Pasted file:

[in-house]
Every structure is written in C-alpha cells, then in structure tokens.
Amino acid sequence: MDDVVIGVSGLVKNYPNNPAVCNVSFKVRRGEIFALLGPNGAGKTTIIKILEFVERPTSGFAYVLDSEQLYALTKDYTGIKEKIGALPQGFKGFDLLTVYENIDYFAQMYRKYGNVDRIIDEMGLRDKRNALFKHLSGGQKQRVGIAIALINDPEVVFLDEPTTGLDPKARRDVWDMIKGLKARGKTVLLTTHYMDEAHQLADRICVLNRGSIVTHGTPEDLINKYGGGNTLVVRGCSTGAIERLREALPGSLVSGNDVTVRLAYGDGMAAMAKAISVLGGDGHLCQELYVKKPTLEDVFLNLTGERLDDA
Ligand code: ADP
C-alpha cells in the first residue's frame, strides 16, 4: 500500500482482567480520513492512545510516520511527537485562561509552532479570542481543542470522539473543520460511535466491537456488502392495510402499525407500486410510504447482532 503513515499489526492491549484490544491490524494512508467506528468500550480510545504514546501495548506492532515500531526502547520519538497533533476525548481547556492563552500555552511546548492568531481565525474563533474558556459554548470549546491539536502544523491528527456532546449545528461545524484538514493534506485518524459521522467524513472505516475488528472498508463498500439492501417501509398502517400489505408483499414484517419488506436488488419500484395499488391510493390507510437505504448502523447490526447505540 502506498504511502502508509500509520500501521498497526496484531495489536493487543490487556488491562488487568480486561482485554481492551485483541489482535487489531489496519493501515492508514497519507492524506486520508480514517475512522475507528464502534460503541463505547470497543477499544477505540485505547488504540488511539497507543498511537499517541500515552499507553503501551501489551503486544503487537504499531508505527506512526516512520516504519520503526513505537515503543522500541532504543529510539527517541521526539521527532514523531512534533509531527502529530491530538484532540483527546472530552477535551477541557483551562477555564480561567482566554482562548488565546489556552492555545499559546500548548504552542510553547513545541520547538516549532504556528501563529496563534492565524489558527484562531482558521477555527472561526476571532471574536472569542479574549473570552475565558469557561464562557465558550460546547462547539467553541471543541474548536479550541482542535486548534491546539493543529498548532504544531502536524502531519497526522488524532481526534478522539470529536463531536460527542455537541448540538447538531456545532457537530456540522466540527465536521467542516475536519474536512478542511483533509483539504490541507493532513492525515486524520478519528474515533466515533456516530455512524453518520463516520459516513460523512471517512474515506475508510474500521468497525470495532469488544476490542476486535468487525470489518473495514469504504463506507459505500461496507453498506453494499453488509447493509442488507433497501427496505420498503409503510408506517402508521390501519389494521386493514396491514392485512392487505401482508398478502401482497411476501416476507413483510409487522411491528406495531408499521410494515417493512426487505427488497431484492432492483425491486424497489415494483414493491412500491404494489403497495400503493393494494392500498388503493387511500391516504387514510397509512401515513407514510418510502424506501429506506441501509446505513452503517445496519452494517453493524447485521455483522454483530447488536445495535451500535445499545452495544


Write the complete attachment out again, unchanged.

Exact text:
[in-house]
Every structure is written in C-alpha cells, then in structure tokens.
Amino acid sequence: MDDVVIGVSGLVKNYPNNPAVCNVSFKVRRGEIFALLGPNGAGKTTIIKILEFVERPTSGFAYVLDSEQLYALTKDYTGIKEKIGALPQGFKGFDLLTVYENIDYFAQMYRKYGNVDRIIDEMGLRDKRNALFKHLSGGQKQRVGIAIALINDPEVVFLDEPTTGLDPKARRDVWDMIKGLKARGKTVLLTTHYMDEAHQLADRICVLNRGSIVTHGTPEDLINKYGGGNTLVVRGCSTGAIERLREALPGSLVSGNDVTVRLAYGDGMAAMAKAISVLGGDGHLCQELYVKKPTLEDVFLNLTGERLDDA
Ligand code: ADP
C-alpha cells in the first residue's frame, strides 16, 4: 500500500482482567480520513492512545510516520511527537485562561509552532479570542481543542470522539473543520460511535466491537456488502392495510402499525407500486410510504447482532 503513515499489526492491549484490544491490524494512508467506528468500550480510545504514546501495548506492532515500531526502547520519538497533533476525548481547556492563552500555552511546548492568531481565525474563533474558556459554548470549546491539536502544523491528527456532546449545528461545524484538514493534506485518524459521522467524513472505516475488528472498508463498500439492501417501509398502517400489505408483499414484517419488506436488488419500484395499488391510493390507510437505504448502523447490526447505540 502506498504511502502508509500509520500501521498497526496484531495489536493487543490487556488491562488487568480486561482485554481492551485483541489482535487489531489496519493501515492508514497519507492524506486520508480514517475512522475507528464502534460503541463505547470497543477499544477505540485505547488504540488511539497507543498511537499517541500515552499507553503501551501489551503486544503487537504499531508505527506512526516512520516504519520503526513505537515503543522500541532504543529510539527517541521526539521527532514523531512534533509531527502529530491530538484532540483527546472530552477535551477541557483551562477555564480561567482566554482562548488565546489556552492555545499559546500548548504552542510553547513545541520547538516549532504556528501563529496563534492565524489558527484562531482558521477555527472561526476571532471574536472569542479574549473570552475565558469557561464562557465558550460546547462547539467553541471543541474548536479550541482542535486548534491546539493543529498548532504544531502536524502531519497526522488524532481526534478522539470529536463531536460527542455537541448540538447538531456545532457537530456540522466540527465536521467542516475536519474536512478542511483533509483539504490541507493532513492525515486524520478519528474515533466515533456516530455512524453518520463516520459516513460523512471517512474515506475508510474500521468497525470495532469488544476490542476486535468487525470489518473495514469504504463506507459505500461496507453498506453494499453488509447493509442488507433497501427496505420498503409503510408506517402508521390501519389494521386493514396491514392485512392487505401482508398478502401482497411476501416476507413483510409487522411491528406495531408499521410494515417493512426487505427488497431484492432492483425491486424497489415494483414493491412500491404494489403497495400503493393494494392500498388503493387511500391516504387514510397509512401515513407514510418510502424506501429506506441501509446505513452503517445496519452494517453493524447485521455483522454483530447488536445495535451500535445499545452495544